W3C home > Mailing lists > Public > public-html@w3.org > August 2008

RE: The alt="" attribute

From: Justin James <j_james@mindspring.com>
Date: Tue, 26 Aug 2008 12:53:34 -0400
To: "'Karl Groves'" <karl.groves@ssbbartgroup.com>, "'Ian Hickson'" <ian@hixie.ch>
Cc: <public-html@w3.org>
Message-ID: <09bd01c9079c$46c9c250$d45d46f0$@com>

> -----Original Message-----
> From: public-html-request@w3.org [mailto:public-html-request@w3.org] On
> Behalf Of Karl Groves
> Sent: Tuesday, August 26, 2008 11:22 AM
> To: Ian Hickson
> Cc: public-html@w3.org
> Subject: Re: The alt="" attribute
> 
> This leads me to address your mention last week of "appeals to
> authority". While I can agree with your argument that statements
> shouldn't be accepted outright based simply on the identity of the
> person making the statement, it is also worth mentioning that these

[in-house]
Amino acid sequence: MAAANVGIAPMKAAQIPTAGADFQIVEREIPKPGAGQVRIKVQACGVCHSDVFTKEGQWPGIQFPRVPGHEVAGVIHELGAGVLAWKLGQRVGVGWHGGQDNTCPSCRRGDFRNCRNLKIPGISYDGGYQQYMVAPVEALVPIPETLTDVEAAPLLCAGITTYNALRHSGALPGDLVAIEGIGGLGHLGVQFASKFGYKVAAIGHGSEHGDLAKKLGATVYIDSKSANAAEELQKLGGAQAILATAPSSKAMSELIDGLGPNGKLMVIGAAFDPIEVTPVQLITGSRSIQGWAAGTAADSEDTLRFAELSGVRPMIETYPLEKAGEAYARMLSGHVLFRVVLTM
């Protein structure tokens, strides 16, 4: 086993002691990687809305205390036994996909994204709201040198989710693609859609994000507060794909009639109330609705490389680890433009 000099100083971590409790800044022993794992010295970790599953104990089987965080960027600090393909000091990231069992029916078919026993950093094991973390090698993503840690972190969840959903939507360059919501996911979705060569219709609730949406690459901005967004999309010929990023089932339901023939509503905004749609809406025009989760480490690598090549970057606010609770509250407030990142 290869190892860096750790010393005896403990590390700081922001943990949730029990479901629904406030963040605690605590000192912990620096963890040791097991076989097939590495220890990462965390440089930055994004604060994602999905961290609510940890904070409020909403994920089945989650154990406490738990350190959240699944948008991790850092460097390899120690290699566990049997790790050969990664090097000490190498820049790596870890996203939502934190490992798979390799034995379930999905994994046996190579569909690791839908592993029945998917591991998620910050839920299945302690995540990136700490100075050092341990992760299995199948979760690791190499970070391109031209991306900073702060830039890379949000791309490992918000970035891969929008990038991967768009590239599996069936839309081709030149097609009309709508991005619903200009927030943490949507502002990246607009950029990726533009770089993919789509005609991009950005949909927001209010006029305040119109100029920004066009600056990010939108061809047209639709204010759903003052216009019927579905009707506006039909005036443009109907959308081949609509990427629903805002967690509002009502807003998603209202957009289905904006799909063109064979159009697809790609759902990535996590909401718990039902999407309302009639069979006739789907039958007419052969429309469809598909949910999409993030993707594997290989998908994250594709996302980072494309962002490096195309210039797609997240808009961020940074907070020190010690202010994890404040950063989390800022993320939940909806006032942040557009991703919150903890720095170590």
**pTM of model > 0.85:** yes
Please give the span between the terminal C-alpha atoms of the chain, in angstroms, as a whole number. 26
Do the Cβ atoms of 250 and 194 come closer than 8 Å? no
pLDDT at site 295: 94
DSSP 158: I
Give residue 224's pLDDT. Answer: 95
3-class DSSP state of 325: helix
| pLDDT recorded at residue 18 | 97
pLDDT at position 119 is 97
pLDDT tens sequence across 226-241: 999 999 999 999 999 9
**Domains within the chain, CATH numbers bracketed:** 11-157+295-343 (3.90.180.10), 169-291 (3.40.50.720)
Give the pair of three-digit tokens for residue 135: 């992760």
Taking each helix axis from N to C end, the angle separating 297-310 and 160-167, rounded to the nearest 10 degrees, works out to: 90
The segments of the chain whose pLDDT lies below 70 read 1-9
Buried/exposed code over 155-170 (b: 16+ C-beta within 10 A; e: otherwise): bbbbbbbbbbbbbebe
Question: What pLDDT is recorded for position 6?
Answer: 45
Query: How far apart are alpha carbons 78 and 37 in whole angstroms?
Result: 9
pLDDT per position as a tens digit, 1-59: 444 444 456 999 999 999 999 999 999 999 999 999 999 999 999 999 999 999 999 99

> statements are born from sometimes decades of professional experience
> in the field of accessibility. I can't speak for others, but I can tell
> you that my 8-10 hour a day, 5-day-a-week interaction with disabled
> people largely negates the need for "research" into most accessibility
> issues - i.e. "alt text".

While I agree with your overall point here, I just want to point out that this is just a form of a huge concentration of anecdotal evidence, not a true substitute for quantifiable evidence. While you may deal with disabled people 40 - 50 hours per week, that still does not mean that it is a representative sample. For example, if everyone you deal with are highly experienced computer users, and the overall population of disabled people are extremely inexperienced users, your personal experiences are not applicable to the population as a whole.

Again, I agree with the overall point that you made. :)

J.Ja
Received on Tuesday, 26 August 2008 16:54:29 UTC

This archive was generated by hypermail 2.3.1 : Monday, 29 September 2014 09:38:57 UTC